Affective Variables in Simple vs. Complex Tasks: A Study of Iranian EFL Learners' Perceptions [PP: 195-200]
The purpose of the present paper was to examine EFL learners' perceptions of affective variables in performing oral tasks with varying degrees of complexity. The data for the study were collected via a post-task questionnaire from a total of 20 upper-intermediate learners after they performed a set of twelve oral narrative tasks which differed along with the six complexity dimensions of number of elements, contextual support, reasoning demand, planning time, task demand, and topic familiarity.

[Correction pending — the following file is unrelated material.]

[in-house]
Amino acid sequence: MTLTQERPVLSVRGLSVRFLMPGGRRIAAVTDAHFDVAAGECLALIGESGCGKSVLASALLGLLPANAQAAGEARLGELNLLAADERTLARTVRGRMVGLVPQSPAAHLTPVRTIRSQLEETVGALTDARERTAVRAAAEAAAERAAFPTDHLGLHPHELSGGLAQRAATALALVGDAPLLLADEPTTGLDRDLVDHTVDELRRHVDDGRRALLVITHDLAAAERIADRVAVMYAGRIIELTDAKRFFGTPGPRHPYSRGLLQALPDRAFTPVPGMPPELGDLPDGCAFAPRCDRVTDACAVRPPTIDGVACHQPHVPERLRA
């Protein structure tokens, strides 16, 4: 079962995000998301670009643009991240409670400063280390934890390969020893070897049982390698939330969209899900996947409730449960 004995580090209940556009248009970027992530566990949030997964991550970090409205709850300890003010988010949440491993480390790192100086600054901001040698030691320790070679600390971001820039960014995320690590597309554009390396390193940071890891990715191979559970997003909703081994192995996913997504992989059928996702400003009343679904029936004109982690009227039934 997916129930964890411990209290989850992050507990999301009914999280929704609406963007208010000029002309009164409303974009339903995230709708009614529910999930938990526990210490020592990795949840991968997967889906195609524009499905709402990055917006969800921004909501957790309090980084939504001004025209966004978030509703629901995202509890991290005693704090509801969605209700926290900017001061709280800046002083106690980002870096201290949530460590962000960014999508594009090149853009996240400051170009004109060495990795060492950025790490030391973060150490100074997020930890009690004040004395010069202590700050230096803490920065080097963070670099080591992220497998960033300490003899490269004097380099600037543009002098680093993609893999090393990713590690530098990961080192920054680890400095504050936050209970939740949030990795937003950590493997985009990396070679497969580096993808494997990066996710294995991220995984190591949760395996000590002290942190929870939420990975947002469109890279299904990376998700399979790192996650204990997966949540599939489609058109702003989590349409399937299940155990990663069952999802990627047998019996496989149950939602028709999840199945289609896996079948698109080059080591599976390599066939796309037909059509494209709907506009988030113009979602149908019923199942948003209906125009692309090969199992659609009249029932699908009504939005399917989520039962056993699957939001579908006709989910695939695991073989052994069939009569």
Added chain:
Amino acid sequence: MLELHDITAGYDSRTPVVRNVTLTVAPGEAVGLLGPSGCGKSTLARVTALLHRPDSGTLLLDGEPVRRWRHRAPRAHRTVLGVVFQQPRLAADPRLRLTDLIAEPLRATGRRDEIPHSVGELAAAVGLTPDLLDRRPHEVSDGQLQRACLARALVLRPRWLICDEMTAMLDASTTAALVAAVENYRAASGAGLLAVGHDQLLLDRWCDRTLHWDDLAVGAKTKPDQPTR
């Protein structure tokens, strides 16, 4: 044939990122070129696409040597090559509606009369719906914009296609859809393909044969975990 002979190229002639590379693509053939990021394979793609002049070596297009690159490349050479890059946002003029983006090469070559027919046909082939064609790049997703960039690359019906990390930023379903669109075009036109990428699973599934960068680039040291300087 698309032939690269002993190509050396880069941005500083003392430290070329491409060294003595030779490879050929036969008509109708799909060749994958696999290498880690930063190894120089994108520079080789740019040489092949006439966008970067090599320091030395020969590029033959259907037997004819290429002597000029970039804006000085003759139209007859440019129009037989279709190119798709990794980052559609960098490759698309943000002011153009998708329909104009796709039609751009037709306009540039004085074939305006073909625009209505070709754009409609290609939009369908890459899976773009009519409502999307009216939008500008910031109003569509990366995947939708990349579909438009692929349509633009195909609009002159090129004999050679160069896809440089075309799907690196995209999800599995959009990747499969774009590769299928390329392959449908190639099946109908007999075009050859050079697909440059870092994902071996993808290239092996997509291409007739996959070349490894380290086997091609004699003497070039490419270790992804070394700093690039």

... topic familiarity. The overall results of data analysis revealed that learners' affective factors including motivation, difficulty, stress, ability, and interest were affected by task complexity variables. This was reflected by the highest rates of difficulty and stress for the task without reasoning demand and the highest rates of perceived ability to complete the task, interest, and motivation in the tasks with contextual support. A combination of contextual support, prior knowledge, and planning time was found to have greater benefits on motivation levels, interest and perceived ability to complete tasks. The findings highlight the need to consider learners' features, beliefs, and attitudes as a complexity variable for task grading and sequencing in syllabus design and materials development.